By Steve L. McMullin, AFS President-Elect
My colleague and eventual successor as president of the American Fisheries Society, Jesse Trushenski, offered a perspective on the recent U.S. election that echoed many of the concerns I have read or heard from my colleagues, friends and family, both female and male. The tenor, language and indeed, the result of the 2016 campaign, clearly demonstrate that we still are far from achieving the goal of a society that welcomes and celebrates diversity. We have in fact, taken a step back compared to 2008, when that goal seemed closer to reality. Nevertheless, we should respect the democratic process, regardless of how we feel about the election results. More to the point, the AFS must continue to serve in the professional capacity of sharing excellent science with its members and policy makers, regardless of which political party is in power. My purpose in writing this response to Jesse’s perspective is to reassure AFS members that we will work with the new administration to help them make science-informed policy decisions and that our focus on increasing diversity in the Society and welcoming the fresh perspectives that diverse members bring to the Society will be a central theme of my presidential term.
Our progress in becoming more diverse is evident to long-term members. Our membership is now 25% female, still only half way to being truly representative, but far better than it was when I joined the society in 1978. We celebrate exceptional efforts on behalf of diversity with the Emmeline Moore Prize, named after the first woman to serve as president of AFS in 1927-1928. Nevertheless, as Jesse described, women still face biases in the workplace, both overt and unintentional, that most men do not. I don’t have numbers on the ethnic and racial diversity in AFS, but clearly, we have much work to do in becoming more representative of society as a whole and in addressing the biases and challenges that women, people of color and the LGBTQ community face on a daily basis.
So, what can we do in AFS? We can start by increasing the financial and human resources needed to recruit and mentor many more Hutton Scholars, the program that emphasizes diversity while introducing high school students to fisheries science. Unfortunately, increasing the supply of potential, future fisheries professionals entering the pipeline will have minimal effect on increasing diversity unless we address the valves in the pipeline that are currently shut or barely open, resulting in a trickle of diverse candidates coming out of the other end of the pipeline (diverse and qualified new hires by fisheries employers). The first barely-open valve in the pipeline is the need to increase diversity of students in university fisheries (or related) programs. Many Hutton Scholars come from disadvantaged economic backgrounds and need substantial financial support to attend university. Opening this valve will require significant financial resources to fund scholarships. Programs such as that of the Doris Duke Foundation are a good start, but not enough to “move the needle.” Even after students from underrepresented groups are admitted to university programs, experience has shown that other forms of support will be needed to retain diverse students who find themselves in unfamiliar surroundings. If diverse candidates manage to squeeze through the first valve in the pipeline, they will encounter another barely-open valve in the form of limited employment opportunities. This valve may prove tough to open in the new administration and Congress, as leaner budgets and hiring freezes seem likely in the near future. Nevertheless, I believe that employers and universities have an opportunity to work together to open these valves. Federal agency programs that historically offered experiential learning and job opportunity, such as SCEP and STEP, no longer exist and more recent programs (Pathways) have not been effective recruitment tools. We need effective new programs that have political and budgetary support if they are to succeed. If used in partnership with universities, such programs could be used to recruit diverse candidates into university programs, provide them with the experiential learning they will need to become qualified fisheries professionals, and open the pipeline to professional employment and greater diversity in the agencies and companies that employ fisheries professionals.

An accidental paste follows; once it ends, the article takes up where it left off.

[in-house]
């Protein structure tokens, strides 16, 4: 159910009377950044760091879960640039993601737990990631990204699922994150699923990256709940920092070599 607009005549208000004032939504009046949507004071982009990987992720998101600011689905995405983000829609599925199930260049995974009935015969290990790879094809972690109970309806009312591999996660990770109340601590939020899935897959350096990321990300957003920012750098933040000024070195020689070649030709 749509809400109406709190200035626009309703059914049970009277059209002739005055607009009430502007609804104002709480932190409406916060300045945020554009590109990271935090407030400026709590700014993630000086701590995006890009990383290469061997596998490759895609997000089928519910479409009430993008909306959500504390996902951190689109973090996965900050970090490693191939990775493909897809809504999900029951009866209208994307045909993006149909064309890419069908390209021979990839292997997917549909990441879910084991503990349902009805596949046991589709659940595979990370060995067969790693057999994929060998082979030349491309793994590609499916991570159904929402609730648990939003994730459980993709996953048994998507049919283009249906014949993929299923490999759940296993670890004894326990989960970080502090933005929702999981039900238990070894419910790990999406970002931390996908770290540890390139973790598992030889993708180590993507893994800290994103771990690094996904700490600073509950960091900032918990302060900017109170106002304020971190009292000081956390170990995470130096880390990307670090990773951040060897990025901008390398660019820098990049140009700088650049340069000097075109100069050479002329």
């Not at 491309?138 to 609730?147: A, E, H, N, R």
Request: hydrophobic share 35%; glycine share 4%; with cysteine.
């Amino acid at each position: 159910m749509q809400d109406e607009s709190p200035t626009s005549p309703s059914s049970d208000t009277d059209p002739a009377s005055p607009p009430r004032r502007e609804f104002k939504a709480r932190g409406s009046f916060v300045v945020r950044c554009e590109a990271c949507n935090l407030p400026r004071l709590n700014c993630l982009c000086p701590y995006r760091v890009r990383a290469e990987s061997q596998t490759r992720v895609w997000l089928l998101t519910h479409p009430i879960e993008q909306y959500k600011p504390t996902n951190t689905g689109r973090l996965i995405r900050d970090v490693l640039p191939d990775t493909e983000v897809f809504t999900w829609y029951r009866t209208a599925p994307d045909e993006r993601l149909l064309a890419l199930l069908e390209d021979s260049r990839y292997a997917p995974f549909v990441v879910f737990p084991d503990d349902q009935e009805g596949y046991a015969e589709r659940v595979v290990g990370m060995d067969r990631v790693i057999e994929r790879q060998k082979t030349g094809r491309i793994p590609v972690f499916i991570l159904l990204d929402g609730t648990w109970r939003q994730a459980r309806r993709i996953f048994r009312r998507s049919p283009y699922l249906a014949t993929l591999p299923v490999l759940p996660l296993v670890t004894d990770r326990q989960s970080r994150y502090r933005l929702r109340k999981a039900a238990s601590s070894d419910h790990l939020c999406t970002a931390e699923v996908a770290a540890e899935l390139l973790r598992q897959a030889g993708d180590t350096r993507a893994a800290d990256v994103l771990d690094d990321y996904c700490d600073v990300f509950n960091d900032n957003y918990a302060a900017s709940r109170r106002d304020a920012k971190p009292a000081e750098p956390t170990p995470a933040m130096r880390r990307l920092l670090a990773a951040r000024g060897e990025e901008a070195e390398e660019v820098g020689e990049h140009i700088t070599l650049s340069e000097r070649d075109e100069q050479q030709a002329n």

We will face numerous challenges over the next four years in addition to diversity and inclusion, including challenges to the use of science-informed decision making in environmental policy (see President-elect Trump’s comments on climate change). We hope that the new administration will make science-informed policy decisions, but that is a topic for more discussion in another forum. With regard to increasing diversity and inclusion in the fisheries profession, I believe that AFS can play an important role in facilitating collaboration among potential students, universities, and employers to open wider those valves that are restricting outflow from the pipeline. I welcome the challenge of “moving the needle” on diversity in the fisheries profession. Furthermore, I welcome your ideas on how we can help to make that needle move. Please contact me at [email protected] if you have ideas or want to help in making our society more diverse and welcoming.